A total of 48 per cent of officers with the force received “special priority payments” of up to £1,600 last December for bearing responsibility above their rank, occupying posts that are hard to recruit to, or working in especially demanding roles or environments.
The future of this year’s payments was in doubt, however, owing to cuts in Home Office grants which covered the bulk of the cost of the scheme.
But although the payments have been described as “inherently divisive” by Chief Constable Tim Hollis, the resources committee of force watchdog Humberside Police Authority yesterday agreed to add £150,000 to the pot of £406,000 provided by the Government to ensure the payments continue.
The maximum payment is, however, to be reduced from £1,600 to about £500, based on the 1,100 officers thought to be eligible.
The committee also called for clarification on the number of officers eligible for the payments, as the Home Office does not expect this to exceed 40 per cent of the officer strength in a force.
Committee chairman Neil Gammon said: “Members discussed the recommendations in some length and agreed that this was all round, the most reasonable option as it meets the Police Regulations and recognises the efforts of officers who have gone that extra mile in what is a difficult period for public sector workers.
“The authority recognises the financial challenges. However it also recognises the importance of good officer morale and acknowledging and rewarding those who have gone beyond their call of duty.
“Members did express concern, however, that 48 per cent of officers received this payment last year and the committee has asked the force to report back on the payment allocation process so that we can ensure officers fully meet the necessary criteria for the payment.”
A report on the payments had identified two other options to the £150,000 top up, but one, which would have seen the payments restricted to just 250 officers, would have risked “significant employee relations issues”, while the other – to top up the fund by £1.2m from reserves – could lead to posts being deleted and “dismay” among other officers and staff and “potentially the tax payer /electorate”.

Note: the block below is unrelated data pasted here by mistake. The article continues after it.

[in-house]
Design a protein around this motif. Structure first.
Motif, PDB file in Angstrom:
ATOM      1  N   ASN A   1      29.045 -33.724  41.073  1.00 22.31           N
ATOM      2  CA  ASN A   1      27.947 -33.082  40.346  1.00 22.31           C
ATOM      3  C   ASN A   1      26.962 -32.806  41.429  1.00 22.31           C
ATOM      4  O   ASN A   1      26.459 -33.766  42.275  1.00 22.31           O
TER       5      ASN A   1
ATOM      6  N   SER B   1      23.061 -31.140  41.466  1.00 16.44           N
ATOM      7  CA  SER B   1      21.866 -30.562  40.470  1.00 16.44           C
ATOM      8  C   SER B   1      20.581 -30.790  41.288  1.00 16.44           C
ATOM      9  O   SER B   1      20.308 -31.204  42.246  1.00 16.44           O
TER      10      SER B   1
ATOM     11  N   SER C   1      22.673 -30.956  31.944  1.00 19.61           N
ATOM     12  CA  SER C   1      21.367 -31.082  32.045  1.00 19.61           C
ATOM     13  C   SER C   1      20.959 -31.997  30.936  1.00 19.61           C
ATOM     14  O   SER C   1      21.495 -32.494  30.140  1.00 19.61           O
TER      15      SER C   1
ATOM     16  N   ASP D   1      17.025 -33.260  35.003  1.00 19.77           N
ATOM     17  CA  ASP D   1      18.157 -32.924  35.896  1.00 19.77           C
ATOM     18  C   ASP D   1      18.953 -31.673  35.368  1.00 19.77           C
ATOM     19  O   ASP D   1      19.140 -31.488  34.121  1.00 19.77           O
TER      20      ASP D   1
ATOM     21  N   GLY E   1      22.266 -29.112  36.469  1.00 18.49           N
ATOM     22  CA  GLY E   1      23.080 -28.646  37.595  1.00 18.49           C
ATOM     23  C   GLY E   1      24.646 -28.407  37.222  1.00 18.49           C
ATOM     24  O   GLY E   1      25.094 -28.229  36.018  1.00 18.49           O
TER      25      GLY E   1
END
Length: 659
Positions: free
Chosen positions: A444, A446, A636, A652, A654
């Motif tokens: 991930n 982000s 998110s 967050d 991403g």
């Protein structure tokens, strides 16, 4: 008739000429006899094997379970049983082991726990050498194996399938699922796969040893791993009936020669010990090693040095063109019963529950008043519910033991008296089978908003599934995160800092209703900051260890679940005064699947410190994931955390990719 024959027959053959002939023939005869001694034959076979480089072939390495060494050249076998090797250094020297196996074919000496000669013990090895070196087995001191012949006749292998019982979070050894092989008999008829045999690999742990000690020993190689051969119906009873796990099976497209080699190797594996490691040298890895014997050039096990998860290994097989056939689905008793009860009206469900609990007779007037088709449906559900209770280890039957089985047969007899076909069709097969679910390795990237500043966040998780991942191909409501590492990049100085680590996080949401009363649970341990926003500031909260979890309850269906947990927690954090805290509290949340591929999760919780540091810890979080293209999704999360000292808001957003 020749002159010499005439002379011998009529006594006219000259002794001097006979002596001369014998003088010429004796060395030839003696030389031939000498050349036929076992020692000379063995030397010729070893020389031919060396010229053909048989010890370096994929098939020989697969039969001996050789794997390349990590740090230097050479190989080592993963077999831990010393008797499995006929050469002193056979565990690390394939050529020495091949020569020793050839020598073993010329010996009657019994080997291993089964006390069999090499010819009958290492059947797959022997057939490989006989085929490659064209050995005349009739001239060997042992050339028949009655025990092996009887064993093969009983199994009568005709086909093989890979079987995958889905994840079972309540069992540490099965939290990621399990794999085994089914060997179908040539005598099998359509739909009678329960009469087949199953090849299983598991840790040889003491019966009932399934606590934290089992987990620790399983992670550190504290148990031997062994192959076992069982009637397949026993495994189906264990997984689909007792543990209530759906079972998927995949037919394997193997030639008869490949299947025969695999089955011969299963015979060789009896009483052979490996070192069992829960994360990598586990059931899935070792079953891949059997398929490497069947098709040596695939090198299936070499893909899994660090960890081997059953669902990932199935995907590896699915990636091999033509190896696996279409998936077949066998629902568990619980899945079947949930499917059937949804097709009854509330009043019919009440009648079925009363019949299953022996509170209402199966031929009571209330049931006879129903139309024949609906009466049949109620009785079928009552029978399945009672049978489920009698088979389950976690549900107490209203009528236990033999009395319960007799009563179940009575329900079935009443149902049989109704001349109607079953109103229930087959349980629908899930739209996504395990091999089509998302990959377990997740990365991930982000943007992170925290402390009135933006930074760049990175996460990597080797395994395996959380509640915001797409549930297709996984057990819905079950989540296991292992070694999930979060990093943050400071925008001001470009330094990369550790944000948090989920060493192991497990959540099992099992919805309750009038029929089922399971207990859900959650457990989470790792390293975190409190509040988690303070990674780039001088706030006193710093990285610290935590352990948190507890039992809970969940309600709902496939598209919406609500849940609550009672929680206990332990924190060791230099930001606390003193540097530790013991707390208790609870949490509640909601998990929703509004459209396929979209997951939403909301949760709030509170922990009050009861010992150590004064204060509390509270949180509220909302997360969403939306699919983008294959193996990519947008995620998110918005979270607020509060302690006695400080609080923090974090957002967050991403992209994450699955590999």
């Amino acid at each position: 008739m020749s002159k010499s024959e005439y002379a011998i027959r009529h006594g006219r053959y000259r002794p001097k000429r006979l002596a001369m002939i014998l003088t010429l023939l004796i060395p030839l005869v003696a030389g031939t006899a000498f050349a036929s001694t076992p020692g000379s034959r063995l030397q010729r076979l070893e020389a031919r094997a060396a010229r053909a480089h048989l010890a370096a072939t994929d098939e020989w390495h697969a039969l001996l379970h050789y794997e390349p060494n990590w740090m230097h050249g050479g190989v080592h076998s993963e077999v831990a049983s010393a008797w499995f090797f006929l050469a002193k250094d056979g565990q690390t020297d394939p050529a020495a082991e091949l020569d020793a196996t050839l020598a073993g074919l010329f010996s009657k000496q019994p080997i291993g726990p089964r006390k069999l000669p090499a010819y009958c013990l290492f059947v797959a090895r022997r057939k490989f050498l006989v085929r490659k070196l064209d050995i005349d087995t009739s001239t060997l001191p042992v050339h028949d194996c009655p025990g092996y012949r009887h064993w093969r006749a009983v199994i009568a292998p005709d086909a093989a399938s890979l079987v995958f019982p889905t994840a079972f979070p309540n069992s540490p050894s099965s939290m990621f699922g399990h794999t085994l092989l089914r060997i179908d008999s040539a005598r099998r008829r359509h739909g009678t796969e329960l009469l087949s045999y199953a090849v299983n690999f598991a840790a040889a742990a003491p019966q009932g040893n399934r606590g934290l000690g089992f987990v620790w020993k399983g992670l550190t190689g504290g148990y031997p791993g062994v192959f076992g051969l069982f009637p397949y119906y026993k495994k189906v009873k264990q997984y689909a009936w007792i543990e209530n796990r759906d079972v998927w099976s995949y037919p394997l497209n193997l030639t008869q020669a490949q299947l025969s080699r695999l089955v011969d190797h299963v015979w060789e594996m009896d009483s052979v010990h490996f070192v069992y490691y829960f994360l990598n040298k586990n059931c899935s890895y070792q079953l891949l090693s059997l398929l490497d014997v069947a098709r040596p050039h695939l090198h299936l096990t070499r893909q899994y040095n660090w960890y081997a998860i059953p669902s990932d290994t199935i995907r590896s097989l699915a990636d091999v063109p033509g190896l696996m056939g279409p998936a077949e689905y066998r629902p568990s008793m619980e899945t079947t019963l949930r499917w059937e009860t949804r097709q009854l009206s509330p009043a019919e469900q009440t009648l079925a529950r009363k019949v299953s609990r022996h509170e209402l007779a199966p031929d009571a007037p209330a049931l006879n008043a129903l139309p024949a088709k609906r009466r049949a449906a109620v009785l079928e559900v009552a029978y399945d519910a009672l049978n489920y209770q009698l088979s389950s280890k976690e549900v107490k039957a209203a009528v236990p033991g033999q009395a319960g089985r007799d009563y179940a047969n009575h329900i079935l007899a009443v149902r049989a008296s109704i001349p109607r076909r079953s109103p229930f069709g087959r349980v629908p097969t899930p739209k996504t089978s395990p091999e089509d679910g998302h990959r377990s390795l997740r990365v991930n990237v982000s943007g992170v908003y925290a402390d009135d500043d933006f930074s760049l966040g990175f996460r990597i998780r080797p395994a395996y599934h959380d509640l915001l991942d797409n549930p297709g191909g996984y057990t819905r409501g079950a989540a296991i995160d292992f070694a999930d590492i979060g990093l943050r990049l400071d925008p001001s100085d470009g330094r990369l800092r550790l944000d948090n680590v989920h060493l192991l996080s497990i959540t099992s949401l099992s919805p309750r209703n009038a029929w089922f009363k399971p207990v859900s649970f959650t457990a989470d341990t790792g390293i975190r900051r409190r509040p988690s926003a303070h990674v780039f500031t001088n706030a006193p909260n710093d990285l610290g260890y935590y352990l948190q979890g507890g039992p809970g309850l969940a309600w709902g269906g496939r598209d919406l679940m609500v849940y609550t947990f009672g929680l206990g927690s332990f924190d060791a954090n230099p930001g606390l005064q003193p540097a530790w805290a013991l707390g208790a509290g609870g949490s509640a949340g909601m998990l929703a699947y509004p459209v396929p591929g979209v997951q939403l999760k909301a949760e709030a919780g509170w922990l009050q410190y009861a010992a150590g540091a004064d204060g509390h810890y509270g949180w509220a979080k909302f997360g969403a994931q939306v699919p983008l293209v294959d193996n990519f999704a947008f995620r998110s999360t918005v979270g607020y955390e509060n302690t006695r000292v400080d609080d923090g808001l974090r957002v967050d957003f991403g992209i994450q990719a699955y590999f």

In an email to officers last November, Mr Hollis sought to manage expectations by saying future payments would be strictly determined by Home Office funding, if they continued at all.
He wrote: “Whilst personally I do not support SPP as I regard it as inherently divisive, I respect the fact that the system is in place and that officers are eligible if they meet the set criteria.
“...I would, however, make it clear that in light of CSR 2010 (comprehensive spending review) budget cuts, payments in future years – if they continue – will be made strictly in line with the funds made available by the Home Office for such payments.
“Officers in receipt of payments this year should not, therefore, assume that they will receive them in 2011 and beyond.”
The committee did not comment on plans to delete the number of posts at the force’s mounted section, which if approved could see it effectively disbanded by 2014 as part of the force’s bid to find cuts of £22.5m over this period.
Any decision on the unit’s future has been delayed until after the London Olympics next year and the outcome of a national review into public order policing being carried out by the Home Office as a result of widescale rioting and looting across the country last month.